What is behind the increase in violent crime? Non-enforcement of the law by progressive prosecutors



“Mutual fighters.”

I was a prosecutor for almost 20 years and taught criminal law. But I have to admit I missed that one so I had to be, uh, edified by the office of Kim Foxx, the state attorney for Cook County, Illinois, and therefore responsible for the law enforcement on the streets ravaged by the Chicago murders.

There was a recent gang shootout in Chicago. Okay, okay, there’s always a gang shootout in Chicago. This one seemed trivial at first. There are internal conflicts, I’m sure you’ll be amazed to hear, in the “Four local scammers” Street gang. As a result, the rival factions the car. Not in the dark of the night, but in the middle of the morning, as if a sharp shooting in broad daylight were as routine as jogging along the river (provided, of course, that you were wearing your bulletproof vest and the matching N95 mask). When the dust settled, a young man died and two were injured.

Windy City Police rounded up five of the gangbangers and brought them to prosecutors, expecting each to be charged with crimes of proportionate gravity, including first degree murder. Cops, however, were stunned when Foxx’s office freed the suspects. at no cost.

Why? Didn’t the shooting really take place? Oh, everything went well. But there’s apparently a new standard of non-enforcement in Chicago: no indictments, even in brutal crossfire between rival criminals, because those criminals are – yes – mutual fighters.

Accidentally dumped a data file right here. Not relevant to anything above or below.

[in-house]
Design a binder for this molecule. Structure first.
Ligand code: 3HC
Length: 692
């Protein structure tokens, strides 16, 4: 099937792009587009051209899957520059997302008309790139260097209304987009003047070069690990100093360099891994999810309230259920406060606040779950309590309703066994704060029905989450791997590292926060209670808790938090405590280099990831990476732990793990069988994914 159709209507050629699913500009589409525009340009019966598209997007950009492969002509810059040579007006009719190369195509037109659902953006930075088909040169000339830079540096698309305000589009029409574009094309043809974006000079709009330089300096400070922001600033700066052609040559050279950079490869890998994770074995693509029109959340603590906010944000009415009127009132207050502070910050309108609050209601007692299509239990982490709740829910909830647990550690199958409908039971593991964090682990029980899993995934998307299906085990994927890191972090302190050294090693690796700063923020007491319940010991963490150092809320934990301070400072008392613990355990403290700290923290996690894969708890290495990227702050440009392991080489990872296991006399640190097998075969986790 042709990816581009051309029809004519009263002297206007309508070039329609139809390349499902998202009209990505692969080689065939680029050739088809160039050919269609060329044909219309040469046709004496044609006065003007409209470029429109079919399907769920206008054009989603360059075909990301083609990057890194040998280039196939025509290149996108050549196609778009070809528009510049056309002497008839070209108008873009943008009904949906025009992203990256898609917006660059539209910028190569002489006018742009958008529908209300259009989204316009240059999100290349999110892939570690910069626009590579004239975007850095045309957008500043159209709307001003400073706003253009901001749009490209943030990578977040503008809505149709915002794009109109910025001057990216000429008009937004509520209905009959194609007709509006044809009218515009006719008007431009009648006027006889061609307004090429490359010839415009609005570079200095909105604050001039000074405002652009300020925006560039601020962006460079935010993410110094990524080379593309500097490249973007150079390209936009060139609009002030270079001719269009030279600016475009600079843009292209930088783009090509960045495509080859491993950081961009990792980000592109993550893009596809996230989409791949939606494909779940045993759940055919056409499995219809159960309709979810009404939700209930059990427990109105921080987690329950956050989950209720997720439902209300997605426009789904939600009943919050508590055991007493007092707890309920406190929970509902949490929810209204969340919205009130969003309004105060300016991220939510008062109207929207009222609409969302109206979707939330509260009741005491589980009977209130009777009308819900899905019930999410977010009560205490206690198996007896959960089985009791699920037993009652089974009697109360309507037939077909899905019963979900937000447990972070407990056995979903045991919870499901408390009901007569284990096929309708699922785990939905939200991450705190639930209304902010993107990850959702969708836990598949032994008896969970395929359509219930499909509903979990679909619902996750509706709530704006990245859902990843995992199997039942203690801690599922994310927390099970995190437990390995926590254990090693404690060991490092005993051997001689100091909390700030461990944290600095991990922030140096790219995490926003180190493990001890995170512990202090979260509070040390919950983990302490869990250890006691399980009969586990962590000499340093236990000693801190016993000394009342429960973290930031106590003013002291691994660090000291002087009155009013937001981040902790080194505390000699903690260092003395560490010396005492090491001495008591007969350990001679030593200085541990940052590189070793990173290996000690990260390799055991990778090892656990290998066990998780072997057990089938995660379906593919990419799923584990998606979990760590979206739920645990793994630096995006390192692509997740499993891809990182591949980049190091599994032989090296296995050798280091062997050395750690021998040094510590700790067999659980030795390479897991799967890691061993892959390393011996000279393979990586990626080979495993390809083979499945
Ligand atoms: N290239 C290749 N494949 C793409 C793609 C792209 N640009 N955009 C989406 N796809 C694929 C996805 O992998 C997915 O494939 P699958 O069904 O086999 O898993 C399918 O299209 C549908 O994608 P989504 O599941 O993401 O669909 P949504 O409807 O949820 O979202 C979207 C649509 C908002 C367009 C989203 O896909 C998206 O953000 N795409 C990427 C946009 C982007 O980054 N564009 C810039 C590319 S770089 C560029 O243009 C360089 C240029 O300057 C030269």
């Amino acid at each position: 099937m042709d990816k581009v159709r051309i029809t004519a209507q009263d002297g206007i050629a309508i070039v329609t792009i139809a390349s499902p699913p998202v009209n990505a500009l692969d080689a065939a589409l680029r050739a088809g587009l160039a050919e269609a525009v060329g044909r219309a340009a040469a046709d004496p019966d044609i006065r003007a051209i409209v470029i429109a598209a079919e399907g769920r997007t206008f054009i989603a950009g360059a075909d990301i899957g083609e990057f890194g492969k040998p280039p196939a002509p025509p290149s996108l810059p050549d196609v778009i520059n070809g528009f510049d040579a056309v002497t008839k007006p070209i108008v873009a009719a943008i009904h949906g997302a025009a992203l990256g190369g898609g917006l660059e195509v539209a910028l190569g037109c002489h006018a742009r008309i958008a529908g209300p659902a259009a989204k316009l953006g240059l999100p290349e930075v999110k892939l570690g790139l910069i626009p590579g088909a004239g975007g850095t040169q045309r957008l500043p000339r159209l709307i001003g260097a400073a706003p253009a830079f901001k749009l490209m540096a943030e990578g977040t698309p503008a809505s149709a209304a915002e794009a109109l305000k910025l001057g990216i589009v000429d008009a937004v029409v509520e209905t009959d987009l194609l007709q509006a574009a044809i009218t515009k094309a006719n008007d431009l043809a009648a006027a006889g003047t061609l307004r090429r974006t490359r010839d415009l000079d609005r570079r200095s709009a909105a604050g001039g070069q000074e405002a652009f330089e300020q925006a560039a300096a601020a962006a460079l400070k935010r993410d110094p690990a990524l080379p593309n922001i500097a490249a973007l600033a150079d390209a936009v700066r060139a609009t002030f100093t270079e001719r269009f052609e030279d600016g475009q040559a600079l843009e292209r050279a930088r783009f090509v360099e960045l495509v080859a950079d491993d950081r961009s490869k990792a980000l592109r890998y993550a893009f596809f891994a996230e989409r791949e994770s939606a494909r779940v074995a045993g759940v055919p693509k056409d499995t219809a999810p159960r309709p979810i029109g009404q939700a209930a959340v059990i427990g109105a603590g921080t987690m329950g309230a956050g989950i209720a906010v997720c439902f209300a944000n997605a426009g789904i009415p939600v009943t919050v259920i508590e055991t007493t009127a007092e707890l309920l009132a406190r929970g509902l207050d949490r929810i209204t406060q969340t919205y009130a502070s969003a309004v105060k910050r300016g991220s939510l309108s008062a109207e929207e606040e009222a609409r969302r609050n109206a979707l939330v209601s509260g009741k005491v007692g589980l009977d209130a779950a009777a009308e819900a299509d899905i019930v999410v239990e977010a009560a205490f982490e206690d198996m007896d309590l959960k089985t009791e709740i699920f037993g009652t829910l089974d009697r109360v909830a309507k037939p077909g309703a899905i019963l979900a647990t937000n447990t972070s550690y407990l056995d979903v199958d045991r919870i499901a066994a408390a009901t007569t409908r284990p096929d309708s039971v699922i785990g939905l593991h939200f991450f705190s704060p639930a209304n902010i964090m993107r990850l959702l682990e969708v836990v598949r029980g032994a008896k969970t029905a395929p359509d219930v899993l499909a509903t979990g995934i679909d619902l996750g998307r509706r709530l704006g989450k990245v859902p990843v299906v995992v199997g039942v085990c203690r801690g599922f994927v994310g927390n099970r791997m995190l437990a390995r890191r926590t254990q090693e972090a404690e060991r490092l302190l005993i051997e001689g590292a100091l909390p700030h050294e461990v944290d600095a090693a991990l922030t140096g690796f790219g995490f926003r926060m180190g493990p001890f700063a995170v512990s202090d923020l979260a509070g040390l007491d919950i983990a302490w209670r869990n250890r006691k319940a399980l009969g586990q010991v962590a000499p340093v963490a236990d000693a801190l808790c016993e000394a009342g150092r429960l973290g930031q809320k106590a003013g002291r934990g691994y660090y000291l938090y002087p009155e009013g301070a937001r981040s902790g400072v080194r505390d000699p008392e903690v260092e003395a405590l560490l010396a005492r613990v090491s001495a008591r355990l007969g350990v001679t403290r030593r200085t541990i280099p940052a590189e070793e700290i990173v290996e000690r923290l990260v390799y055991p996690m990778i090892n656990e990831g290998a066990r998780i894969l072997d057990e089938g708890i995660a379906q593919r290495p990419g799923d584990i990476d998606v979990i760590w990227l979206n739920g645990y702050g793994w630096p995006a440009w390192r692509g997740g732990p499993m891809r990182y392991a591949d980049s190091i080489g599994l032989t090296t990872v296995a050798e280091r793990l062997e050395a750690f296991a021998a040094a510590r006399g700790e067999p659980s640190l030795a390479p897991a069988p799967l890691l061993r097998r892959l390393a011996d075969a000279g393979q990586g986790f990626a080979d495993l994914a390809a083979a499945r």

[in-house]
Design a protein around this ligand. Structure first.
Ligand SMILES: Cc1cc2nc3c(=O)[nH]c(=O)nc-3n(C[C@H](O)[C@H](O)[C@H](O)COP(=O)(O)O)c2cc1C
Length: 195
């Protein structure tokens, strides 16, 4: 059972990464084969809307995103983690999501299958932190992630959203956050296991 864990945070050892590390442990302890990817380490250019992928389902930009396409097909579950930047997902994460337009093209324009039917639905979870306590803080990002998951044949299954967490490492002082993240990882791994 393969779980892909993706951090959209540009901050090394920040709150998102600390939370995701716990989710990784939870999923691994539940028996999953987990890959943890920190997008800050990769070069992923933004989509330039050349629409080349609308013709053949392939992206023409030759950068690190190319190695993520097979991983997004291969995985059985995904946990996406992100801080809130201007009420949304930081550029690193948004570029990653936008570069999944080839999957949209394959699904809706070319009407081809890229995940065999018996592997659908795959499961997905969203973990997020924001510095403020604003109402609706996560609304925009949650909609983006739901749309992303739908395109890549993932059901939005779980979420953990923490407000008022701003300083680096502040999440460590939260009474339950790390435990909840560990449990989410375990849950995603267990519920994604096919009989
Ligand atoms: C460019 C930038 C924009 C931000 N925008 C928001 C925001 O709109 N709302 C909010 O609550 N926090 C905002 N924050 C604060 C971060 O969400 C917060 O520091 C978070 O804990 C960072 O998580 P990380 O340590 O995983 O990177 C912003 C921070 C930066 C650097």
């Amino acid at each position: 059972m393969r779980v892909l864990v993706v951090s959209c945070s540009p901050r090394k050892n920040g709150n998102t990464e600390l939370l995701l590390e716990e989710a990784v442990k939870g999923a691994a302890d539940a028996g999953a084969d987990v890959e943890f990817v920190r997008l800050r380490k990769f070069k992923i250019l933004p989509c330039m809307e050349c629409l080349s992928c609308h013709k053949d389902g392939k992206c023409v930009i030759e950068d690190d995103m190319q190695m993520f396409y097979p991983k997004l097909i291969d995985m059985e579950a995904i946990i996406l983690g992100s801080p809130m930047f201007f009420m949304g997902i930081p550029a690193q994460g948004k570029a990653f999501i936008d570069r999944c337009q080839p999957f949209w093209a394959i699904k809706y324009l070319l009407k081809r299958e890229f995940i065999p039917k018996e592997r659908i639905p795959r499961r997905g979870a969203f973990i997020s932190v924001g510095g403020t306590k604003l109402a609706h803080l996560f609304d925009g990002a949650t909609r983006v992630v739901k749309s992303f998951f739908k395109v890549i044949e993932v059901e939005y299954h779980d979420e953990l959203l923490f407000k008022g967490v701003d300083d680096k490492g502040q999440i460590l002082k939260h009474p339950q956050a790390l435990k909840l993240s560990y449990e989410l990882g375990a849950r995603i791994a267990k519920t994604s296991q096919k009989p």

They’re in gangs, get it? And if you’re part of a gang, that’s what you sign up for. Next case.

Want to know why violent crime is on the rise in urban centers across the country? Why, as the latest FBI statistics show, the number of murders rose 30% year-over-year in 2020, a record increase? Look no further than the Progressive Attorneys Project (as I noted in a March 2020 Commentary Essay). It is the enterprise of the radical left to “reform” the criminal justice system by claiming that we have no criminals – or, to be so nuanced about this, to put the blame for all crimes on. our systematically racist society.

No, it is not the sociopaths who commit violence, they say. See, when you really think about it, it’s all of us, isn’t it?

Imagine if today’s prosecutors didn’t rationalize that way. Let’s say they weren’t hypnotized under the spell of “disparate impact” analysts, who insist that racism, not crime, explains the American prison population – which, it is no coincidence. , has fallen as crime has increased.

Well, then they should be fighting what, and who, is responsible for the bloodshed. Progressive prosecutors should tackle the fact that they, with their media cheerleaders, are trying to avoid: offense patterns.

As measured by the percentage composition of the overall population, young black males make up a disproportionate amount of the prison population because, as a demographic class, they committing a disproportionate amount of crime. They represent an overwhelming number of gang arrests in cities like Chicago for shooting each other; this means that they also represent a greater number of victims. And shooting each other is something they are sure to do more of, if progressive prosecutors continue to come up with “creative” ways to resist their indictment.